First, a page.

Since then, B always brings extra pants and underwear, his fiber-rich diet making this absolutely necessary. He admits to being a chronic sharter, but he says, “It’s nothing a little handful of Gold Bond can’t absorb.” Ben was even offered an endorsement deal from Gold Bond on one occasion, but declined when he was told that he wouldn’t be allowed to demonstrate in commercials how he applies the medicated powder. Still, everyone who knows B. Hold the Sharter considers his name synonymous with Gold Bond. John Myers recalls of the aforementioned reggae night,
On the third day after the shart of Bean, a Gold Bond sticker arose from the depths of the dumpster of Spence and was placed on the steering wheel of my chariot to remind me of the events that had taken place….and there it still lies, withered and torn, but untouched, as it is the holiest of Gold Bond stickers.
Mark Patterson spoke fondly of another of B. Hold’s famous tendencies: falling asleep whenever something awesome is happening. Whether it’s a great song on the radio, a triple rainbow, or James doing a Jack Daniels-induced chicken dance on Johnny’s face,
…he just passes out. Maybe he has narcolepsy or something, I don’t know, but this one time, we had a dance party at the old Steppin Razor beach house, and as soon as everybody started dancing, B. Hold passed out and teleported himself to his bedroom. After a few hours, we wanted to wake him up to join us, so we shouted, “To B. Hold’s room!” and charged in. Somebody placed a magic 8-ball on his chest, waking Ben up quickly, but this proved fatal. And this other time, we were all riding in the van rocking out to Lady Gaga or SOJA or something, and Ben passed out and started snoring really loud. James took a picture of Ben that time, and oh man, it looks like a dead version of that Chicken Lover guy from that one episode of South Park. It’s hilarious, but sometimes I feel bad that he always misses out on the awesome stuff that we all get to experience. But then I stop feeling bad because it’s hilarious.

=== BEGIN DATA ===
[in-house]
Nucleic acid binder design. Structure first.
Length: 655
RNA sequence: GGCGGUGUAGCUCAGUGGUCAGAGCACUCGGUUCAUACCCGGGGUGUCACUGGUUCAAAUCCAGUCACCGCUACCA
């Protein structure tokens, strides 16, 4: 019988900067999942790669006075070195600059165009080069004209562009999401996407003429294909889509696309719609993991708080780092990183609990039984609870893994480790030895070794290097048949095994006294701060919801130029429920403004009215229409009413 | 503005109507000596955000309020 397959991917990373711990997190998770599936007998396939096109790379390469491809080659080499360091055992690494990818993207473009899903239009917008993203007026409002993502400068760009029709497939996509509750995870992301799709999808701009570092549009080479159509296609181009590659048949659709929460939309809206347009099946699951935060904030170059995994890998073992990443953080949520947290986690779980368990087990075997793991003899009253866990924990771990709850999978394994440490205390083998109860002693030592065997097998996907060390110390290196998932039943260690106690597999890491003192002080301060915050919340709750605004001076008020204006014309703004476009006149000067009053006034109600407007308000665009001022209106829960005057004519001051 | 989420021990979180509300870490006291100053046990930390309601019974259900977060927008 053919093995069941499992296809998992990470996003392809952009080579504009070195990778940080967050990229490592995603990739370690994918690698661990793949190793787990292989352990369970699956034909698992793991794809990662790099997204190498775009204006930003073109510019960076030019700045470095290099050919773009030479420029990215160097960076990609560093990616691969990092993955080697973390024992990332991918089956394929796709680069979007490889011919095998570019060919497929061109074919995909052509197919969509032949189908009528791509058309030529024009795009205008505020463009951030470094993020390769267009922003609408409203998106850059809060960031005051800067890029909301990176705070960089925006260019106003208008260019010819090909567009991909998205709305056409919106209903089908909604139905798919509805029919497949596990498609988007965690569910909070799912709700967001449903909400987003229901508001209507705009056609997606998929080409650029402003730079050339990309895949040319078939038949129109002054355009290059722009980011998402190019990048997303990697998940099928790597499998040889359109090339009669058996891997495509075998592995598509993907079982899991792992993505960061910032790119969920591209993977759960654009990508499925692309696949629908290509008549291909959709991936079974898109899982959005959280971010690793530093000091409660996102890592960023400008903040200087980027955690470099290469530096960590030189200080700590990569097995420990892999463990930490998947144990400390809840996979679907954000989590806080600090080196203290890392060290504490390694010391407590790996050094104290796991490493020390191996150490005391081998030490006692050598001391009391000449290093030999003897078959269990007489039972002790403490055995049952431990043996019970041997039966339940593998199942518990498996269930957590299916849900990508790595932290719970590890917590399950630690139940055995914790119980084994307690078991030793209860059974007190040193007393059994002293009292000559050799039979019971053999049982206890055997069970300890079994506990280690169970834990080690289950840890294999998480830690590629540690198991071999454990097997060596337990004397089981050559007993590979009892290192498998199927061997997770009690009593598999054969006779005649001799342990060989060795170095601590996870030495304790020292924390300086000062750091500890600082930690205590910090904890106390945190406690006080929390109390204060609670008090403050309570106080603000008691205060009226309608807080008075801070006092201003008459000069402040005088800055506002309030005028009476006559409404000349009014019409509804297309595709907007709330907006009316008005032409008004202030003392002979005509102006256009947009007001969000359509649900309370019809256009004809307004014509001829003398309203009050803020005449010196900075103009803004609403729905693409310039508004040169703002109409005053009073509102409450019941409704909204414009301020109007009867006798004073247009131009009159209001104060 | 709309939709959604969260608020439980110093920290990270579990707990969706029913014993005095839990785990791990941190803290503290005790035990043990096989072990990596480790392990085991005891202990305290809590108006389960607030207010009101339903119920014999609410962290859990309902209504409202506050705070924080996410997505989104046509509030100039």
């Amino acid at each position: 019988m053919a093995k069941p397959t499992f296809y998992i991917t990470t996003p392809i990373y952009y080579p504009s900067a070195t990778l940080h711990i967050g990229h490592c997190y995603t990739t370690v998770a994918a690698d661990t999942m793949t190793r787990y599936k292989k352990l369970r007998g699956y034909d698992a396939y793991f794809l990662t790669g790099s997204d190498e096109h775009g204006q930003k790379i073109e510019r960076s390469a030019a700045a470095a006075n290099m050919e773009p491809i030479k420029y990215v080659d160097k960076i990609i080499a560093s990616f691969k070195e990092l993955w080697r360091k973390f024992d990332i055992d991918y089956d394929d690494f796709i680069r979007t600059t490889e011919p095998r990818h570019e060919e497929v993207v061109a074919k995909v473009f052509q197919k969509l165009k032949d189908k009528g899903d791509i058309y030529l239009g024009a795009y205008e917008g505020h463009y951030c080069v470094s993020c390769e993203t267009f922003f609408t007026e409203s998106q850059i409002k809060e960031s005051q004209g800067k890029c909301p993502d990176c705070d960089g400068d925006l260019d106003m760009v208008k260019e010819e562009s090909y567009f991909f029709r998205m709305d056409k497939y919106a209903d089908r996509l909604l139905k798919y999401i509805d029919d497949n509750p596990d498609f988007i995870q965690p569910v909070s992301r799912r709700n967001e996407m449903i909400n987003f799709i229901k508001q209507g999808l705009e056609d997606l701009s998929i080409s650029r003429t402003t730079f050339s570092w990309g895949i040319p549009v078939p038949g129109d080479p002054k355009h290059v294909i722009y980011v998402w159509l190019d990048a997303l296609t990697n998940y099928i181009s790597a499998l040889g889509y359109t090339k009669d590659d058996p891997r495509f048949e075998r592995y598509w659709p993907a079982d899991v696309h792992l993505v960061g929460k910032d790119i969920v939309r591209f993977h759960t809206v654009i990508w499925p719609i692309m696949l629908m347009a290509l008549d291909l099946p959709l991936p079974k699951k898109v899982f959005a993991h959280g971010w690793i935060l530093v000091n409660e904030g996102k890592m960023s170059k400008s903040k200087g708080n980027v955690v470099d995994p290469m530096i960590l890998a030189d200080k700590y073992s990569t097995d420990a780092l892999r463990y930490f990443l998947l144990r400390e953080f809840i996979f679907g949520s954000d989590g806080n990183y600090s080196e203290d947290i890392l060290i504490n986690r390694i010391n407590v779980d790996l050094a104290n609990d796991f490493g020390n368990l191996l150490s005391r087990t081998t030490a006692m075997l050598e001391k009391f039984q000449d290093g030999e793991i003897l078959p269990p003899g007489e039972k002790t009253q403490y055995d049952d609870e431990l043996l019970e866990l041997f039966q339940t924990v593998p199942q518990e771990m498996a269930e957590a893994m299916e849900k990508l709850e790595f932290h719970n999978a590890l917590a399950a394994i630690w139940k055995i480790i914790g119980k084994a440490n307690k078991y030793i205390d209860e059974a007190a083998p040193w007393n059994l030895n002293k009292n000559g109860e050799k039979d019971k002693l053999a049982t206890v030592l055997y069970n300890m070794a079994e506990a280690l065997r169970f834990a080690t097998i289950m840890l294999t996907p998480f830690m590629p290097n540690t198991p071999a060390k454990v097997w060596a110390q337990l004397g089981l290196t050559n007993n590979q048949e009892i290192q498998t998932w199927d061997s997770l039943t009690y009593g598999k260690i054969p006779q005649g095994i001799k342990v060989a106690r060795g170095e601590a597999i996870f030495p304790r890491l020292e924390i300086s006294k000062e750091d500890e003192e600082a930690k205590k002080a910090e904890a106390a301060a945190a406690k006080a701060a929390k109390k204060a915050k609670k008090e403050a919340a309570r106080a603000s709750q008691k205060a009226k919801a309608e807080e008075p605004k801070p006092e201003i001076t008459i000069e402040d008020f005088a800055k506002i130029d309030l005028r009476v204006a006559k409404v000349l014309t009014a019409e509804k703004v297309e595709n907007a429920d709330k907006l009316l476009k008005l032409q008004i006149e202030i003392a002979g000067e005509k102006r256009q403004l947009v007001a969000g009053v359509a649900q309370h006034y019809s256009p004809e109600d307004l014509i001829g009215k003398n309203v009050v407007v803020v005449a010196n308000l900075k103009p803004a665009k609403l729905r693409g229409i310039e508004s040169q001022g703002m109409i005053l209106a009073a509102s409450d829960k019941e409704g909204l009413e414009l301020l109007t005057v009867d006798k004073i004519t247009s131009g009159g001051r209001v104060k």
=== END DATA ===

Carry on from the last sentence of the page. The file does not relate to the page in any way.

"...looks like a dead version of that Chicken Lover guy from that one episode of South Park." - Mark Patterson
B. Hold also considers himself something of an anthropologist, always reading things that nobody cares about and traveling to other parts of the world to poke his nose into other people’s business, thinking that he can somehow live up to his motto, “Do Good,” that he stole from somebody in Jamaica. Everywhere he goes, he carries around something to write with, convinced that he will eventually capture a brilliant idea on paper. One of his old notebooks was intended for this purpose, but it came to be used by all of the band members for jotting down random thoughts. This “Black Book,” as it is affectionately called among the Steppin Razor family, contains top secret information, most of which is written in Sarlacc language, B. Hold being one of the few people on earth who can still decode this ancient alphabet.
For all of his quirkiness and repulsive characteristics, the other three members of Steppin Razor have grown rather fond of B. Hold since the bassist first joined the band as a “bongo apprentice and triangle smasher.” Hoy recalls one of the happiest evenings of his life, “I was over at Ben’s bungalow, showing him some scratch tracks I had recorded – which eventually became ‘Against the Current’ and ‘Rise Up’ – and he made this ridiculously good adult beverage that he called ‘Vitamin Drunker,’ which was basically just cheap cheap vodka and orange juice, maybe some of those squirrel eggs, I don’t know, but it was gooood.”